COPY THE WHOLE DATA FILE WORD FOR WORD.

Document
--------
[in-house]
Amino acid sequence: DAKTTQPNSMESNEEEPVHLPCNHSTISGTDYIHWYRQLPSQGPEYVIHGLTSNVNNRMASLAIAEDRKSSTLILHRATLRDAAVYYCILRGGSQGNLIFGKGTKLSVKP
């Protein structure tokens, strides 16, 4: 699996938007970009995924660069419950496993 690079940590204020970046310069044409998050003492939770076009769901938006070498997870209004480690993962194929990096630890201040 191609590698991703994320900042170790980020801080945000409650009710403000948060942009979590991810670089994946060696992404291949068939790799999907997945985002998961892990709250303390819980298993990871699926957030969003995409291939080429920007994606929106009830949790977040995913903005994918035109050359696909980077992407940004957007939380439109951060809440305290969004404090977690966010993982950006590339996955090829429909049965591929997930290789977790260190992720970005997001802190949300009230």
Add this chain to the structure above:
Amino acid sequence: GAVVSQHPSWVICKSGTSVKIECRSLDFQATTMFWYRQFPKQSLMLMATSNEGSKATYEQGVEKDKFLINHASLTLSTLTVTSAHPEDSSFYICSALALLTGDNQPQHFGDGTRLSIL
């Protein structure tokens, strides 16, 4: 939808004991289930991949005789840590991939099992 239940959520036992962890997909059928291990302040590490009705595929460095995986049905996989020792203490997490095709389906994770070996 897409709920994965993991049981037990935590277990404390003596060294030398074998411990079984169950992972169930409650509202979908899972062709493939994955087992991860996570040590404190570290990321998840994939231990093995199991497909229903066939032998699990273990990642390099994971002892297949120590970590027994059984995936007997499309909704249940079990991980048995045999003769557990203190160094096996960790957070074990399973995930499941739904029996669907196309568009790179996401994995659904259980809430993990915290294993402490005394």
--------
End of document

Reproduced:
[in-house]
Amino acid sequence: DAKTTQPNSMESNEEEPVHLPCNHSTISGTDYIHWYRQLPSQGPEYVIHGLTSNVNNRMASLAIAEDRKSSTLILHRATLRDAAVYYCILRGGSQGNLIFGKGTKLSVKP
């Protein structure tokens, strides 16, 4: 699996938007970009995924660069419950496993 690079940590204020970046310069044409998050003492939770076009769901938006070498997870209004480690993962194929990096630890201040 191609590698991703994320900042170790980020801080945000409650009710403000948060942009979590991810670089994946060696992404291949068939790799999907997945985002998961892990709250303390819980298993990871699926957030969003995409291939080429920007994606929106009830949790977040995913903005994918035109050359696909980077992407940004957007939380439109951060809440305290969004404090977690966010993982950006590339996955090829429909049965591929997930290789977790260190992720970005997001802190949300009230």
Add this chain to the structure above:
Amino acid sequence: GAVVSQHPSWVICKSGTSVKIECRSLDFQATTMFWYRQFPKQSLMLMATSNEGSKATYEQGVEKDKFLINHASLTLSTLTVTSAHPEDSSFYICSALALLTGDNQPQHFGDGTRLSIL
């Protein structure tokens, strides 16, 4: 939808004991289930991949005789840590991939099992 239940959520036992962890997909059928291990302040590490009705595929460095995986049905996989020792203490997490095709389906994770070996 897409709920994965993991049981037990935590277990404390003596060294030398074998411990079984169950992972169930409650509202979908899972062709493939994955087992991860996570040590404190570290990321998840994939231990093995199991497909229903066939032998699990273990990642390099994971002892297949120590970590027994059984995936007997499309909704249940079990991980048995045999003769557990203190160094096996960790957070074990399973995930499941739904029996669907196309568009790179996401994995659904259980809430993990915290294993402490005394």